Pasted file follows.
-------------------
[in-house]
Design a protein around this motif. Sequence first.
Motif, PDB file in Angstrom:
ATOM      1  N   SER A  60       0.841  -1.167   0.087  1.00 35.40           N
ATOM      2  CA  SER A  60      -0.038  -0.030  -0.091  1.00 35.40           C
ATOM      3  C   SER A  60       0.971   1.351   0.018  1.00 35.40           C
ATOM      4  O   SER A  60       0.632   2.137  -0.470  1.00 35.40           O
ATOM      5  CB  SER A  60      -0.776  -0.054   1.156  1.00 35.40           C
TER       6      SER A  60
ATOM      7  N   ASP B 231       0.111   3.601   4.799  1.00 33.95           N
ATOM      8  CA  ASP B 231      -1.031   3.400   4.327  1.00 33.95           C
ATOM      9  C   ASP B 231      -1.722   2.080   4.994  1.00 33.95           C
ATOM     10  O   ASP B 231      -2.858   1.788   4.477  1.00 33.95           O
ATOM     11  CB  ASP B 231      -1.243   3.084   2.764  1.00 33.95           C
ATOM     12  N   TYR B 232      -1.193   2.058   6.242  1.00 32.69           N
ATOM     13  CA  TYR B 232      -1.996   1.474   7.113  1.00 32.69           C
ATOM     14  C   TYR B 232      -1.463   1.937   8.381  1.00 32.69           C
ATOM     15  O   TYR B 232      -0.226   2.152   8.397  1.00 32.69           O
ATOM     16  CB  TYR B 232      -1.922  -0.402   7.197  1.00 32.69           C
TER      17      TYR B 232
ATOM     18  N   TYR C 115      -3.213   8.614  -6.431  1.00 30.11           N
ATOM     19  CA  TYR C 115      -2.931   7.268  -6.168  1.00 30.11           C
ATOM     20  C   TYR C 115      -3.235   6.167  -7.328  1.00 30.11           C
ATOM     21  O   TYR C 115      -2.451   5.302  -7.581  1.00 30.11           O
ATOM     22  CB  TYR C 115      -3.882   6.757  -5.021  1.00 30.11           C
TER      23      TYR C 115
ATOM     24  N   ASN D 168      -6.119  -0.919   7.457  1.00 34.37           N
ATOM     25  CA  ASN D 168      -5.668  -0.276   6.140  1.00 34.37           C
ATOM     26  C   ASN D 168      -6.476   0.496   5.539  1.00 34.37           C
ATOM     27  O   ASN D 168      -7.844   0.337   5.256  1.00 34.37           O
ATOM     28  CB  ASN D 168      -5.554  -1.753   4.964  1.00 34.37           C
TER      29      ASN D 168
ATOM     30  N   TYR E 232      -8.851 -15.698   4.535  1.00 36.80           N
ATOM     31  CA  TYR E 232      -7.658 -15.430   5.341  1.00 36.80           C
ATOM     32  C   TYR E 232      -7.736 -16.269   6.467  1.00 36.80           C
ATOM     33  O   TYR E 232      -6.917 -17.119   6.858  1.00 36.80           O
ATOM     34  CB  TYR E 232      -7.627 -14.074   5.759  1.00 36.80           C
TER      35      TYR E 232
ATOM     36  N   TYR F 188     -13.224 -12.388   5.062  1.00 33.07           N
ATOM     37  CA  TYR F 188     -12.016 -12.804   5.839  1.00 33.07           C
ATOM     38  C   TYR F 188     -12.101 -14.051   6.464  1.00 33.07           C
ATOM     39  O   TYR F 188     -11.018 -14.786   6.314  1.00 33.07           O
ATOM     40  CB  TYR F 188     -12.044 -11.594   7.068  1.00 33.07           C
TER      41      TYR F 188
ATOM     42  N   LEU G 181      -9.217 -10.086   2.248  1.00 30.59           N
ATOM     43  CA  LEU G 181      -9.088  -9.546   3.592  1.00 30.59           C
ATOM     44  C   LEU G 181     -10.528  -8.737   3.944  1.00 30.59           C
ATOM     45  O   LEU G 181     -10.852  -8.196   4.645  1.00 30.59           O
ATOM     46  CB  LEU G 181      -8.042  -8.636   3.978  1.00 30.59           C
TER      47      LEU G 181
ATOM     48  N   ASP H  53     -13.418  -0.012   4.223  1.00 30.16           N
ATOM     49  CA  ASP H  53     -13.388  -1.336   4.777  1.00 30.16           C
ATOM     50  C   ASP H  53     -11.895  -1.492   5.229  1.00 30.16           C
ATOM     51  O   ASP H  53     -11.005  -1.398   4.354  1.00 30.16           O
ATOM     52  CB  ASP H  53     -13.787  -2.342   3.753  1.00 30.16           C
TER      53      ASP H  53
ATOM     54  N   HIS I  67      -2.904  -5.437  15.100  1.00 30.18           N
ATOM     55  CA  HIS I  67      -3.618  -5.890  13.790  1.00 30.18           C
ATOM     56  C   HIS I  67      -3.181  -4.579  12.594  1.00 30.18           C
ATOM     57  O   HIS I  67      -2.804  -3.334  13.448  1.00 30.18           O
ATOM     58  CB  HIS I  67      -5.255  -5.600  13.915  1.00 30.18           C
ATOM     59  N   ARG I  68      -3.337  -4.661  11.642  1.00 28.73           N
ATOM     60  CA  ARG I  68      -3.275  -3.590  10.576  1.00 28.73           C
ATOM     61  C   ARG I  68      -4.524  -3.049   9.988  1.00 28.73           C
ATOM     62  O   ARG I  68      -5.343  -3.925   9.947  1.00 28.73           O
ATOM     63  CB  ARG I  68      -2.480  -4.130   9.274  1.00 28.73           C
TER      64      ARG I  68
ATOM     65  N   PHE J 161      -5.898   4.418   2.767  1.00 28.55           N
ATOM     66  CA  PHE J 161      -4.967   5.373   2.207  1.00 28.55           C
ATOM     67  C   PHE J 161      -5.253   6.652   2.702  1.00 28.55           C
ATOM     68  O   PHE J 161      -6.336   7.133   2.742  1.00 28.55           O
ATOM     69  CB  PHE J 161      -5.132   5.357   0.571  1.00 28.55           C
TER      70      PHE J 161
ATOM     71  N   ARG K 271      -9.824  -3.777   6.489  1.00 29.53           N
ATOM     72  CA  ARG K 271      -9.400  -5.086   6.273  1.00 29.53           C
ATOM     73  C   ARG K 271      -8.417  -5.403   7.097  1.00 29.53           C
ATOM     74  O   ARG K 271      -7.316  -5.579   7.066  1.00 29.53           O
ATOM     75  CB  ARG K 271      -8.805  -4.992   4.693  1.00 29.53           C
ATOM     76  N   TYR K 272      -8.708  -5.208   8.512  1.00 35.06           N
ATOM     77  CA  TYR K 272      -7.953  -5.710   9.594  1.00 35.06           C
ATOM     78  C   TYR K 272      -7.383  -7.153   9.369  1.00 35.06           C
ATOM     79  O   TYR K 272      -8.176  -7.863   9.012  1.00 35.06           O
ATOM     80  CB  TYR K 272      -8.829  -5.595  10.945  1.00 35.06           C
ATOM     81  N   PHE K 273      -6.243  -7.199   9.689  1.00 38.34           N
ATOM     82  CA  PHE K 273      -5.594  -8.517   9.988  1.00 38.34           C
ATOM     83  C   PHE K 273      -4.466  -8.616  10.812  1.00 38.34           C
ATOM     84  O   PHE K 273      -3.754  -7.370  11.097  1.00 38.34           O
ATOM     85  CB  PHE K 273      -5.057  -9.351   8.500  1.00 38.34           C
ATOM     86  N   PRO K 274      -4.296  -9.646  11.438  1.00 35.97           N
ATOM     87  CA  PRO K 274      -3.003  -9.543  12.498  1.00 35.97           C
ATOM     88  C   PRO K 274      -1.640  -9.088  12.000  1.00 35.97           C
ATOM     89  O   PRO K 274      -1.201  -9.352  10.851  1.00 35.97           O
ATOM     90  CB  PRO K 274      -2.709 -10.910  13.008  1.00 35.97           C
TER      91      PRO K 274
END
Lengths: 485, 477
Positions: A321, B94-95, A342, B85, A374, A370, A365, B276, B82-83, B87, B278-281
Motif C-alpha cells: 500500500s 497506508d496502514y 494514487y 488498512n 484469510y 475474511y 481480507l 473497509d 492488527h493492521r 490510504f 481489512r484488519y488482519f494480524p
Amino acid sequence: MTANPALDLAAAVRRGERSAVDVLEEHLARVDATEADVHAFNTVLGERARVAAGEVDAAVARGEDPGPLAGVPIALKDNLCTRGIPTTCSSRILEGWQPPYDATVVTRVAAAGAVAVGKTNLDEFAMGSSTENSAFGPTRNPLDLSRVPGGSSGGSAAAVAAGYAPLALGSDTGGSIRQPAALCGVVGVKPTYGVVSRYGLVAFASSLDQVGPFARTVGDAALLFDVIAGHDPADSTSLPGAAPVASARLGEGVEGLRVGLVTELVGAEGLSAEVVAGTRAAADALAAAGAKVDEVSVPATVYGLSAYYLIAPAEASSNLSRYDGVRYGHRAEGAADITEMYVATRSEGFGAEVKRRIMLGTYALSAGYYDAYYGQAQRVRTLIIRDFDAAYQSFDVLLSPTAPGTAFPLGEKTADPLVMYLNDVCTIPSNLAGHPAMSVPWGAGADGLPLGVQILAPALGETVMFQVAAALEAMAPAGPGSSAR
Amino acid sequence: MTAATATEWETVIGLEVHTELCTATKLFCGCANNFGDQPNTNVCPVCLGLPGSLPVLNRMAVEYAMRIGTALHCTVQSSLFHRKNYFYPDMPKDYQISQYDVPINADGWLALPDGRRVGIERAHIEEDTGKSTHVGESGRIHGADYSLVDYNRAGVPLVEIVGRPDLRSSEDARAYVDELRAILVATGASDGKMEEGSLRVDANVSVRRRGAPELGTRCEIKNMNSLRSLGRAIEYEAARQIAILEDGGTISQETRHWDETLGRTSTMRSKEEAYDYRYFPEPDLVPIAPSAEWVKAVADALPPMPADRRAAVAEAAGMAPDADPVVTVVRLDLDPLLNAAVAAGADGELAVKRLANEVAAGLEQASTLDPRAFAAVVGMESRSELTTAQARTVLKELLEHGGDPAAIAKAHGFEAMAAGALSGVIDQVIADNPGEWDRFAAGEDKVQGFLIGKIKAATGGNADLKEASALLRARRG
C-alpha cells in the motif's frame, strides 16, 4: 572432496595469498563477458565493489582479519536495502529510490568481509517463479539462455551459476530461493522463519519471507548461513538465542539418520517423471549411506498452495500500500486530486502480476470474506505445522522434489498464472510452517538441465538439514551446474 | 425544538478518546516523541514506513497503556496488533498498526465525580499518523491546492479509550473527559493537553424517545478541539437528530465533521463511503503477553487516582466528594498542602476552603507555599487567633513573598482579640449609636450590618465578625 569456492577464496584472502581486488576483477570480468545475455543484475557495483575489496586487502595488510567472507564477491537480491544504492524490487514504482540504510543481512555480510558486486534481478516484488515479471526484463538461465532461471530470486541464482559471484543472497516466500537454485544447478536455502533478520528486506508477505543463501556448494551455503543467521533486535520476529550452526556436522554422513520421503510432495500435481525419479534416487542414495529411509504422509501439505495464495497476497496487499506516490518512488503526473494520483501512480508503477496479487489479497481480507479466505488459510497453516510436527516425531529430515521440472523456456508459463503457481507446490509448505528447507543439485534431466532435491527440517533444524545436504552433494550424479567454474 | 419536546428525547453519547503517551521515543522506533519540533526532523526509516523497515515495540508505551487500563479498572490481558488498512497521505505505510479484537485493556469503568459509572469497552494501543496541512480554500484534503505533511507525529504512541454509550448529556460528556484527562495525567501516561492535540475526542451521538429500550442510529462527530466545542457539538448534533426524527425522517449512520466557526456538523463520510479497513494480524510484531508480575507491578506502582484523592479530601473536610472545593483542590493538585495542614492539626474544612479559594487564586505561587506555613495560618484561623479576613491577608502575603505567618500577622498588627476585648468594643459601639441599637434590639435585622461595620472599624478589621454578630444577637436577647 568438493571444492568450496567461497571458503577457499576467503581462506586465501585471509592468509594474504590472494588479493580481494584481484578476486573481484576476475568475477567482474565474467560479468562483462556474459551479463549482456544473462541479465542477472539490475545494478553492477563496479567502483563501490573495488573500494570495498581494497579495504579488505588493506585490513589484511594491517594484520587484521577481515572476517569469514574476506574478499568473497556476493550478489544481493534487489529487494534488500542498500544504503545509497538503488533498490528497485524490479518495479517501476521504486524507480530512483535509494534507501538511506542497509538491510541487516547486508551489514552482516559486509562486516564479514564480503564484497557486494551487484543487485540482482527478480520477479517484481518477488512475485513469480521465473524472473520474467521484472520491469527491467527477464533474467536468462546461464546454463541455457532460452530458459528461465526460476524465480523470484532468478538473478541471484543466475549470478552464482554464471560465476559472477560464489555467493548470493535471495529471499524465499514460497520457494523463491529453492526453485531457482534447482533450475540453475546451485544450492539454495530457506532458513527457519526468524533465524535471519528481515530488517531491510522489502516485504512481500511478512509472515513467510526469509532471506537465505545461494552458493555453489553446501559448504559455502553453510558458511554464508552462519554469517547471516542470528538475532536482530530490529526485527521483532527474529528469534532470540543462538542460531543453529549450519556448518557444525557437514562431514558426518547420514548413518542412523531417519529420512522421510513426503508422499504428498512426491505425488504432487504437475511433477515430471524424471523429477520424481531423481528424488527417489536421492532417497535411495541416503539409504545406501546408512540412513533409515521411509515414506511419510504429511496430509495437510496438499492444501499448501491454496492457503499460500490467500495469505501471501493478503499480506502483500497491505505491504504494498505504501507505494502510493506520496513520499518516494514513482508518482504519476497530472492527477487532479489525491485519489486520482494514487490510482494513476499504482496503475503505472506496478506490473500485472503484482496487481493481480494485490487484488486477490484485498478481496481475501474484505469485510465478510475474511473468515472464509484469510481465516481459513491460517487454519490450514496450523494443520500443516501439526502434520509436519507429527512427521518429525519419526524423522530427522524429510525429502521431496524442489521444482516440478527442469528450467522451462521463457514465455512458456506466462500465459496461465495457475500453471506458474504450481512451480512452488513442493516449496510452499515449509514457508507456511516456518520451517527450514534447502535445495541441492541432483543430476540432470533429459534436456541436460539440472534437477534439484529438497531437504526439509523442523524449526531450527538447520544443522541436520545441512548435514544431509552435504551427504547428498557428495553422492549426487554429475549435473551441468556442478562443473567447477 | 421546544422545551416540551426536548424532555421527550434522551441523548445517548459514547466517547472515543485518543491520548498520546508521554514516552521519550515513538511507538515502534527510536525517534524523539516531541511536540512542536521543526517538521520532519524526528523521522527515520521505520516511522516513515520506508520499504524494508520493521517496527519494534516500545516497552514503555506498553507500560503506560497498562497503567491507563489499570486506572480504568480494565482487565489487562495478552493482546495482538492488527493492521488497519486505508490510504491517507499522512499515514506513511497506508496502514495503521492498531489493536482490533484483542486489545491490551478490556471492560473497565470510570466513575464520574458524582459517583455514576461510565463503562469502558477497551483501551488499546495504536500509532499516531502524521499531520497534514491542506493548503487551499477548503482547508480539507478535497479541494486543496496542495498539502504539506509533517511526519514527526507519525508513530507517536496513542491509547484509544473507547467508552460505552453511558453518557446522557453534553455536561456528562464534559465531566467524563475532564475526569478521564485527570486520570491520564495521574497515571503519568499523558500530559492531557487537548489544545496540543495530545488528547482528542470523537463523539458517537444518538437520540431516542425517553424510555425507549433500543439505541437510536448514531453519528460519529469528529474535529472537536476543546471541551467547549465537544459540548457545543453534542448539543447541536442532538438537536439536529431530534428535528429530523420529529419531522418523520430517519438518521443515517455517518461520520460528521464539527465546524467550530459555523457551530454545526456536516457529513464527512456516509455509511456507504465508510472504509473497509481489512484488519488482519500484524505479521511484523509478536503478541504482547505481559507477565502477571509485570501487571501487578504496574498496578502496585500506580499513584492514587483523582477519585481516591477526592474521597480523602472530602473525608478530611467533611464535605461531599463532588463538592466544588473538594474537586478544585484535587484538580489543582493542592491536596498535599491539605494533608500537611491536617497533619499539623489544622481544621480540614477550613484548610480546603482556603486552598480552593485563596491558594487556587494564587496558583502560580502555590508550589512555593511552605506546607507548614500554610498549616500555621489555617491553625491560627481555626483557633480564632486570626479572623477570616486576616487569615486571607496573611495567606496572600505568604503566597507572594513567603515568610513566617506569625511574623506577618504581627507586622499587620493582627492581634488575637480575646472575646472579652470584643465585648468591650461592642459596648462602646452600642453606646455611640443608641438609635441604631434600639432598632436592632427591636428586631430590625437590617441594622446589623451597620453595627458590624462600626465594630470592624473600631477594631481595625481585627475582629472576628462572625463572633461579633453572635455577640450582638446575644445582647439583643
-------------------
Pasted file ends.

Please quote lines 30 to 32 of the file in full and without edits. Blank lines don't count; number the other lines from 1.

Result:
ATOM     27  O   ASN D 168      -7.844   0.337   5.256  1.00 34.37           O
ATOM     28  CB  ASN D 168      -5.554  -1.753   4.964  1.00 34.37           C
TER      29      ASN D 168